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Good Question!

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Magazine Contributor
2 min read

This story appears in the October 2002 issue of Entrepreneur. Subscribe »

What kind of advertising impact can you possibly have when all your budget will allow is an ad the size of a bar of soap? The answer is, plenty-as evidenced by the small-space ad shown here.

Developed for Robert Kotler, MD, a Beverly Hills, California, facial cosmetic surgeon, it relies on two elements: 1) a picture of a patient whose looks belie how old she really is, and 2) a headline that asks you to try guessing her age. Who can resist?

When you find out the answer in the subheadline ("It's 60."), you've got the measure of this doctor's surgery skills within two seconds. The body copy is a testimonial in which the pictured patient talks about doing her homework to find the right specialist, and about how glad she is that "I put my trust, and my face" in Dr. Kotler's hands. "Needless to say," she concludes, "I'm delighted with the result."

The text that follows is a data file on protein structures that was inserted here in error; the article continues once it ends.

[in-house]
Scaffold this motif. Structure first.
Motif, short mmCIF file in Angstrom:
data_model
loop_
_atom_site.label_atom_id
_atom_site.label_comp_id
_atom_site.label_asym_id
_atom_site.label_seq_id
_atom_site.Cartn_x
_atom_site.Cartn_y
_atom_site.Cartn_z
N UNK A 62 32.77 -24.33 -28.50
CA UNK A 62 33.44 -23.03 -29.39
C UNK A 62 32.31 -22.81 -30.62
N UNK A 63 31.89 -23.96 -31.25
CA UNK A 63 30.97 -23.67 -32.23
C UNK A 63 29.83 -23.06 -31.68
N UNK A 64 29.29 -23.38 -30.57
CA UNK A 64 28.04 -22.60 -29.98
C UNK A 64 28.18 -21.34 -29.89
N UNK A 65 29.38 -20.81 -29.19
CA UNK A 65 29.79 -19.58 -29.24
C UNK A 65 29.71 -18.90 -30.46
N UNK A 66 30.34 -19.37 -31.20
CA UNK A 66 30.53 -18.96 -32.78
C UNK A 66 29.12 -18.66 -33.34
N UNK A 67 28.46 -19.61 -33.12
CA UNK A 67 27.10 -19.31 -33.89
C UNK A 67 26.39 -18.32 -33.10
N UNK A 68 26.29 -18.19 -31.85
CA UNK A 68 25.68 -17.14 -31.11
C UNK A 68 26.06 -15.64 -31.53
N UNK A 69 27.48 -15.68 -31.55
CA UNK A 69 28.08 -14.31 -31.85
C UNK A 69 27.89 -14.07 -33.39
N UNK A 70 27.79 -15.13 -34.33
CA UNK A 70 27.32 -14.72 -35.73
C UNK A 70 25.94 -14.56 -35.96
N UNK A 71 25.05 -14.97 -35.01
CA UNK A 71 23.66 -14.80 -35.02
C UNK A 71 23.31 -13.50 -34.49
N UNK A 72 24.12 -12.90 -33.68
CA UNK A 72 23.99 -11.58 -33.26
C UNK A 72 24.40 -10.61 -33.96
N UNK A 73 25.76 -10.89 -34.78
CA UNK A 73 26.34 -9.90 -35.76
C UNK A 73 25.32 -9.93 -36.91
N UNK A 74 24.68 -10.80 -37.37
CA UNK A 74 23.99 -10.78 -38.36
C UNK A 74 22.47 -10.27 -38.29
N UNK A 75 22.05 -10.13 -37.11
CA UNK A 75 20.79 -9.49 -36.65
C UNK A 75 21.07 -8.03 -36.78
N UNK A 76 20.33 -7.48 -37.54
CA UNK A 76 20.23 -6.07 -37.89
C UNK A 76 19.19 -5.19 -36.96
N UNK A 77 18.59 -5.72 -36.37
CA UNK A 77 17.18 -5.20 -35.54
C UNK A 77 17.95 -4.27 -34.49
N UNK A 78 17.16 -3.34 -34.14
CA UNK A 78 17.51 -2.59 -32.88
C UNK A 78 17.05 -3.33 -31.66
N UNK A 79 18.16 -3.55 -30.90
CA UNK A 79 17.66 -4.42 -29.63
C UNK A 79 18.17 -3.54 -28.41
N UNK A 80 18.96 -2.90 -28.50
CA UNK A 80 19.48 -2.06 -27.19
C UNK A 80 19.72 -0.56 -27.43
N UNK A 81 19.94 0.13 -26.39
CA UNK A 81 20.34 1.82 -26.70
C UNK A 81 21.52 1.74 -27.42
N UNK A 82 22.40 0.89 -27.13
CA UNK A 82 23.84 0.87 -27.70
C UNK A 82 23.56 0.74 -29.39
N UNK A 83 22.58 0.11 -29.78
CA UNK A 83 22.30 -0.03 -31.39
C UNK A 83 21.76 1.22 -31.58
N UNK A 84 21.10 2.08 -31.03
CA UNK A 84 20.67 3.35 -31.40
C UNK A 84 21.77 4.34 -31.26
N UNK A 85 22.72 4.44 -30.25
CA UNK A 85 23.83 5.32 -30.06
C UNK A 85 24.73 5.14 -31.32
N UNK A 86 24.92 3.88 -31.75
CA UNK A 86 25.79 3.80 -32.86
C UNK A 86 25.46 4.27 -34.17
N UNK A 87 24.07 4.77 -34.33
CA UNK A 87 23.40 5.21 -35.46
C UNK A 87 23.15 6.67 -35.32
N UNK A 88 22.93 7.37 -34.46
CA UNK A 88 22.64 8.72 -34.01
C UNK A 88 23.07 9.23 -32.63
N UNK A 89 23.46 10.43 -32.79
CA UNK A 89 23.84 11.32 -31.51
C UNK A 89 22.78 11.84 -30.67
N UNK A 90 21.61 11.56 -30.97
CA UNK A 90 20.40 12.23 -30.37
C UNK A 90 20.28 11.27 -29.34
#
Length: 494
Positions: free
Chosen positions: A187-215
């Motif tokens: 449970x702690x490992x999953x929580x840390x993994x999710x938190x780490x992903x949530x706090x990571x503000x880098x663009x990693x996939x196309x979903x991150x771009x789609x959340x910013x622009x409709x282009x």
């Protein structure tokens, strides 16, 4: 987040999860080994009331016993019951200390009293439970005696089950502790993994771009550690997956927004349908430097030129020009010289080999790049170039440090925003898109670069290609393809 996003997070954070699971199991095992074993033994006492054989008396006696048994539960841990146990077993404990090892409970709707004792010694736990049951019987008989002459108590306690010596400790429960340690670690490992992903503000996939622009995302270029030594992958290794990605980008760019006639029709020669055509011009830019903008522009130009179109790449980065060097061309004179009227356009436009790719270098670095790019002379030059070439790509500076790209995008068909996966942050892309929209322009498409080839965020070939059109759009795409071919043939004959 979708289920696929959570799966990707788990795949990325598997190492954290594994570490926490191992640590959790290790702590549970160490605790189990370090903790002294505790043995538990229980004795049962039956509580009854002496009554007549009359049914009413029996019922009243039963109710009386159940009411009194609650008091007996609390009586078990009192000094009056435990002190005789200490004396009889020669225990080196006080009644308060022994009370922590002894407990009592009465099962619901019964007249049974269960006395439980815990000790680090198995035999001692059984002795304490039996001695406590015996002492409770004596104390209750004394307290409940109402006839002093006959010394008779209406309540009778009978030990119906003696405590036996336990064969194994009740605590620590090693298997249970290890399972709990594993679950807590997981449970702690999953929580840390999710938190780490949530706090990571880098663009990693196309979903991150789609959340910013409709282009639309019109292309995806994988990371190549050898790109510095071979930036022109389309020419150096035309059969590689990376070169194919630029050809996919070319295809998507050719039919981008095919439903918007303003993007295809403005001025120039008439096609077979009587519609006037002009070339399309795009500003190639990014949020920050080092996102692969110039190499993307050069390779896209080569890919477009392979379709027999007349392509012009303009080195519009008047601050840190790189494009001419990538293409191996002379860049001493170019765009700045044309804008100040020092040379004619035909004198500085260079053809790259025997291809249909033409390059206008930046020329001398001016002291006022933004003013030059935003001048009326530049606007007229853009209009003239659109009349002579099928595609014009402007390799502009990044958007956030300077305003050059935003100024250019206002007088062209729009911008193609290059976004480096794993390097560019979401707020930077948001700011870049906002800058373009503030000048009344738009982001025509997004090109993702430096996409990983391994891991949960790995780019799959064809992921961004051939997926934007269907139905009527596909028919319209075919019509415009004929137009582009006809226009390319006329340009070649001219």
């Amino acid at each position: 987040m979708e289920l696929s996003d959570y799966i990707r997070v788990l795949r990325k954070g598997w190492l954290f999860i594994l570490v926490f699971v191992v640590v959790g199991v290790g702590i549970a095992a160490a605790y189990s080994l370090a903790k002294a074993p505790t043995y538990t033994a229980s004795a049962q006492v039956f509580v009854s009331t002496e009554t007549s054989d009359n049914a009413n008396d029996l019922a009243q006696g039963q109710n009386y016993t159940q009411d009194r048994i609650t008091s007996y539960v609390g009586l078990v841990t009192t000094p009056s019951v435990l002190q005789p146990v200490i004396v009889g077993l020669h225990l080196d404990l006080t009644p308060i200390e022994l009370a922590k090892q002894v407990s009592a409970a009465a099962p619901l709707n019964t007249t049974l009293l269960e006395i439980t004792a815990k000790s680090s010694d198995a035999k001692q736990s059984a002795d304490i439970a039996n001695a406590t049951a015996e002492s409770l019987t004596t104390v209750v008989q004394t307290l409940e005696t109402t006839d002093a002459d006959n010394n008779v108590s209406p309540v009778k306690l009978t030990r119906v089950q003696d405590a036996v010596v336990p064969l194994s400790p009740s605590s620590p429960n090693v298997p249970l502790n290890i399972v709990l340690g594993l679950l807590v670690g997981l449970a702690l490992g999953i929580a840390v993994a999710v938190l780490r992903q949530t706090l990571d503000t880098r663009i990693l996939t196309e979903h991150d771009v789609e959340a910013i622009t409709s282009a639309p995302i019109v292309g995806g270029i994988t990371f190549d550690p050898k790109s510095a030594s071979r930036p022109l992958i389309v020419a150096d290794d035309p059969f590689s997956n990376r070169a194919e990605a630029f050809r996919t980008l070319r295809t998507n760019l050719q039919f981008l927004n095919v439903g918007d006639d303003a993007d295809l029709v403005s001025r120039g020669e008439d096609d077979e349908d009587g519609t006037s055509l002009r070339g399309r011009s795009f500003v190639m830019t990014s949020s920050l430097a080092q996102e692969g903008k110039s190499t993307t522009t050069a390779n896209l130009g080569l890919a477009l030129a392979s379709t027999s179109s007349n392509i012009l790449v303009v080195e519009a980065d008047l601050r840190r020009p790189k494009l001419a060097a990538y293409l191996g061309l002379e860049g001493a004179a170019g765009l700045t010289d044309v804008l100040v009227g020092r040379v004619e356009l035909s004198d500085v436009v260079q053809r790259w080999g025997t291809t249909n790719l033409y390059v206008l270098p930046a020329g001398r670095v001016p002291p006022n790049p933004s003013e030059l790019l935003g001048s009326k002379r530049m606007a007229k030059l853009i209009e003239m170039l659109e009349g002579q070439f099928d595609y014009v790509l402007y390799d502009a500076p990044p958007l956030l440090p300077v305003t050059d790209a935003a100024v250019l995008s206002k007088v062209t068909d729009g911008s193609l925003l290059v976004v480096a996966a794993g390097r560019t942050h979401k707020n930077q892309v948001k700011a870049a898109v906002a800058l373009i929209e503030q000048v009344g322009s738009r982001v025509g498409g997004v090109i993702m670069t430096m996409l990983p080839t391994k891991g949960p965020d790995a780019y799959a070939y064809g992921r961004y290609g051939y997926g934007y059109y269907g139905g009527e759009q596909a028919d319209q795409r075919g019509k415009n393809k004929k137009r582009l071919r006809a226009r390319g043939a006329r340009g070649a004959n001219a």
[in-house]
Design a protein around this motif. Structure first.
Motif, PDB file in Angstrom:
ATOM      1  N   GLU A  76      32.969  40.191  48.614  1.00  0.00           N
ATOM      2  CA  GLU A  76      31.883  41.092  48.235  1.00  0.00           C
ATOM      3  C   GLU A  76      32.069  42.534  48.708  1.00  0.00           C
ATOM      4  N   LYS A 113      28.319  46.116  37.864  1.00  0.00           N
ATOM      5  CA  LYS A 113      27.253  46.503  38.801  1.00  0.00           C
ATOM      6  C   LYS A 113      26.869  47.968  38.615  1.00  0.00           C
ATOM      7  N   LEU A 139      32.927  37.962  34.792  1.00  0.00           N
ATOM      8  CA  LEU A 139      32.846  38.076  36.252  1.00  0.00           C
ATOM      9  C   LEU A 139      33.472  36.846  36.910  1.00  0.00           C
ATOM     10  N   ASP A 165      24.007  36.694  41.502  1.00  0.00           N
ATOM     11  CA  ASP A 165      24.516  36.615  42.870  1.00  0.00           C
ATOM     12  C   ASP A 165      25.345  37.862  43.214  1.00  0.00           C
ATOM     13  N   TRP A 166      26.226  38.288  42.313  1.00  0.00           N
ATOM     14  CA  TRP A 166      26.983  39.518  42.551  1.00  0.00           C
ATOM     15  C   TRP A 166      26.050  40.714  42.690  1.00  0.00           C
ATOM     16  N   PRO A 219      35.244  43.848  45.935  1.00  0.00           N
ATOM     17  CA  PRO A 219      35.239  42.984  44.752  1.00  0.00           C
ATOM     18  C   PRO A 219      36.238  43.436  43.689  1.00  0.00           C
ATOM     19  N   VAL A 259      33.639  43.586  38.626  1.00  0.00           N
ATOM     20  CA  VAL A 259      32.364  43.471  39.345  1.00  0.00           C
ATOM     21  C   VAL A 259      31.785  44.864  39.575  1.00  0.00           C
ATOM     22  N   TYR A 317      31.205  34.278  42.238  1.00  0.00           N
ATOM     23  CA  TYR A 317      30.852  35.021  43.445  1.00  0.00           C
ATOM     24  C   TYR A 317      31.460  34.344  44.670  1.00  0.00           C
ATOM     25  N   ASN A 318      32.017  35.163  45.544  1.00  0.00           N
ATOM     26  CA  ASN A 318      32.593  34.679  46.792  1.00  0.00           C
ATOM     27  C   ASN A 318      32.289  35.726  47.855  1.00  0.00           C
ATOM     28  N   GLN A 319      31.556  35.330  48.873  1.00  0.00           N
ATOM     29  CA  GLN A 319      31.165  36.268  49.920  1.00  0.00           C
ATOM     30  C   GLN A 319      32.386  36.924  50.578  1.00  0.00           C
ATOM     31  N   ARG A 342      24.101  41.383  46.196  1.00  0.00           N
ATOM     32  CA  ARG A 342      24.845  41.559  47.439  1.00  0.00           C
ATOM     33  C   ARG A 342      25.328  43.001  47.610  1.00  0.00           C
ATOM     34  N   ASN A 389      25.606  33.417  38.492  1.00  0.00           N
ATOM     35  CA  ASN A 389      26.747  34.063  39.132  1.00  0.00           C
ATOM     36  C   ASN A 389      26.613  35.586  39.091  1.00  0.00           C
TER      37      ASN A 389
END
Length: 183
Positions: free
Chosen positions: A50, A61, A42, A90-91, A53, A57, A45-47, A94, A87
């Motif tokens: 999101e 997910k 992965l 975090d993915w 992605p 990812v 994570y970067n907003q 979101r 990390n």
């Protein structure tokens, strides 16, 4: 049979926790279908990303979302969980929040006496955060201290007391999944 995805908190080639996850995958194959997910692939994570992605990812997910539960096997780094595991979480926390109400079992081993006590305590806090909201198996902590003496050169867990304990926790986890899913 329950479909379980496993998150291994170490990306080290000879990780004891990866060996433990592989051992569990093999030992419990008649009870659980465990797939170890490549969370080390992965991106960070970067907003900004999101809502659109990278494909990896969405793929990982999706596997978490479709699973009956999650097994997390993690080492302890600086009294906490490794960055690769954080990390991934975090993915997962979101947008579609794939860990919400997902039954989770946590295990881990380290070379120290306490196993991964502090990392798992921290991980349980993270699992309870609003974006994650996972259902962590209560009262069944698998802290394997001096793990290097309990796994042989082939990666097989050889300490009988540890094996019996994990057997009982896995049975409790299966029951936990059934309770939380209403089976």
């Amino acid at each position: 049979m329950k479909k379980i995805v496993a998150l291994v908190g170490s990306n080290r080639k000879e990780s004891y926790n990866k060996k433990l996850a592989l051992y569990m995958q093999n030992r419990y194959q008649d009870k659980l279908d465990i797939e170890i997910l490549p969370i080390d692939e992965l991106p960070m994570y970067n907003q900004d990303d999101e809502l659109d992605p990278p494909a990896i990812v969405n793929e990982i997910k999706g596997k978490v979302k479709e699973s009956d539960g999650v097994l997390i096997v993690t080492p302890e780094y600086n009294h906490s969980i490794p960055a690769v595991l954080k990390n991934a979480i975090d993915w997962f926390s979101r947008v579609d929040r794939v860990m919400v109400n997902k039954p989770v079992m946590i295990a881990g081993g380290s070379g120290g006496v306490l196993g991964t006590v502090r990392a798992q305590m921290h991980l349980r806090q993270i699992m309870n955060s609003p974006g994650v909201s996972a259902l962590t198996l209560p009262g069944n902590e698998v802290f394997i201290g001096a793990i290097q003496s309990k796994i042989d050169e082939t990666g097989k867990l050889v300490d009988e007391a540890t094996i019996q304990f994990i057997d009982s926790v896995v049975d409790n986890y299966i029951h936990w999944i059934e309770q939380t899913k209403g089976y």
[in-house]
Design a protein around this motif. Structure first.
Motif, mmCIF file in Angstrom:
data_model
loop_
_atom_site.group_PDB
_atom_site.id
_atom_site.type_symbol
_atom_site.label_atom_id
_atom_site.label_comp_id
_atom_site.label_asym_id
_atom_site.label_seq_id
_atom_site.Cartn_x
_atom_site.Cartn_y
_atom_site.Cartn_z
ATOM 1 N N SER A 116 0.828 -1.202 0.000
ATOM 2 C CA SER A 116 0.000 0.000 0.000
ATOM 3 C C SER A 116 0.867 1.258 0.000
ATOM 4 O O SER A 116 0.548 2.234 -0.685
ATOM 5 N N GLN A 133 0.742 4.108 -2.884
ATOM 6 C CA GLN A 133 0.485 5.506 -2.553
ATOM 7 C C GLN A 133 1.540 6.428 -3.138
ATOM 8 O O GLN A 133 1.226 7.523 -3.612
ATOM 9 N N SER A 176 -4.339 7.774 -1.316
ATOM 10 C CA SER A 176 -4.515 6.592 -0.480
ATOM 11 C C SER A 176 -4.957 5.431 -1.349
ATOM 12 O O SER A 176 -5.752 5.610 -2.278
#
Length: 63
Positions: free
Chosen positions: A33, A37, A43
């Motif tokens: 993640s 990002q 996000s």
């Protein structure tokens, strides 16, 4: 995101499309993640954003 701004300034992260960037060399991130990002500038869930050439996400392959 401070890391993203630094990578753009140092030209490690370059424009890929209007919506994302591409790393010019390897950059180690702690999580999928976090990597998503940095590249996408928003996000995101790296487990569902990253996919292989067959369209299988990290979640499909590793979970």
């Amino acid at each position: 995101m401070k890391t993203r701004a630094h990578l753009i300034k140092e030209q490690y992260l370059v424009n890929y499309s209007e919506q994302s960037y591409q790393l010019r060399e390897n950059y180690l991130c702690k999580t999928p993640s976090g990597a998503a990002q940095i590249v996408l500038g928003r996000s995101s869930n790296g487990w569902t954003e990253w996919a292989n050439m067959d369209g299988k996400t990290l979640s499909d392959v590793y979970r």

This is a very strong ad in a small space. However, coercing squeamish people into a cosmetic surgeon's office is not that easy. Kotler's solution is offering people a free preview of the likely outcome without leaving home. The prospect sends a digital photo, Kotler doctors the image, then sends it back via e-mail. Clever.

What can you take away from this ad's magic to help you develop your own powerful small-space ad? Consider what short, provocative question you can ask browsing readers that will draw them into the ad. If you can combine it with a photo, all the better. Advertising aficionados may remember a vintage campaign of similar approach that literally put its company on the map. It was for a sunglasses company, and it showed a series of famous people wearing the firm's product, combined with the long-running headline: "Who's that behind those Foster Grants?" It demanded that you get the answer, even if you recognized the face, and it etched the brand name into the collective consciousness. For a time, it even found its way into everyday conversation. So what curiosity-arousing question will spark your next ad?

Jerry Fisher is a freelance advertising copywriter and author of Creating Successful Small Business Advertising.

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